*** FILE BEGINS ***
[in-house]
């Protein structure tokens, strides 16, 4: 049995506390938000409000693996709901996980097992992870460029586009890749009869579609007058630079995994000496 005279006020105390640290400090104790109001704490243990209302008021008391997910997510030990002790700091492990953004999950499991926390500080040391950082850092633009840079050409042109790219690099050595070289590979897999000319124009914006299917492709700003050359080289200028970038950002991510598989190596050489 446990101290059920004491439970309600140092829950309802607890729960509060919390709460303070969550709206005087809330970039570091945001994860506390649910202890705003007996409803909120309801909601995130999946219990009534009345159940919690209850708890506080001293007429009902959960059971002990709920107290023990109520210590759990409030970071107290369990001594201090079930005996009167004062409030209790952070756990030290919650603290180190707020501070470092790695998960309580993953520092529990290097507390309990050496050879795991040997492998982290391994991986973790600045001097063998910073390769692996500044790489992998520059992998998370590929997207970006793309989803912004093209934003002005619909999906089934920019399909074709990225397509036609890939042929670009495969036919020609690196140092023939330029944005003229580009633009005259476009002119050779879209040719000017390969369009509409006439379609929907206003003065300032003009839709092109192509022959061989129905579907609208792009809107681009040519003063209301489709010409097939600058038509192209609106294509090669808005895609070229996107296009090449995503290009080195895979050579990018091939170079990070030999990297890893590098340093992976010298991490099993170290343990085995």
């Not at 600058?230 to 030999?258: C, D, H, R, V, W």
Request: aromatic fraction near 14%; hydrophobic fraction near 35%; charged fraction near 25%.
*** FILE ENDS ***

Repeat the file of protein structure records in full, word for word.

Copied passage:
[in-house]
């Protein structure tokens, strides 16, 4: 049995506390938000409000693996709901996980097992992870460029586009890749009869579609007058630079995994000496 005279006020105390640290400090104790109001704490243990209302008021008391997910997510030990002790700091492990953004999950499991926390500080040391950082850092633009840079050409042109790219690099050595070289590979897999000319124009914006299917492709700003050359080289200028970038950002991510598989190596050489 446990101290059920004491439970309600140092829950309802607890729960509060919390709460303070969550709206005087809330970039570091945001994860506390649910202890705003007996409803909120309801909601995130999946219990009534009345159940919690209850708890506080001293007429009902959960059971002990709920107290023990109520210590759990409030970071107290369990001594201090079930005996009167004062409030209790952070756990030290919650603290180190707020501070470092790695998960309580993953520092529990290097507390309990050496050879795991040997492998982290391994991986973790600045001097063998910073390769692996500044790489992998520059992998998370590929997207970006793309989803912004093209934003002005619909999906089934920019399909074709990225397509036609890939042929670009495969036919020609690196140092023939330029944005003229580009633009005259476009002119050779879209040719000017390969369009509409006439379609929907206003003065300032003009839709092109192509022959061989129905579907609208792009809107681009040519003063209301489709010409097939600058038509192209609106294509090669808005895609070229996107296009090449995503290009080195895979050579990018091939170079990070030999990297890893590098340093992976010298991490099993170290343990085995």
């Not at 600058?230 to 030999?258: C, D, H, R, V, W």
Request: aromatic fraction near 14%; hydrophobic fraction near 35%; charged fraction near 25%.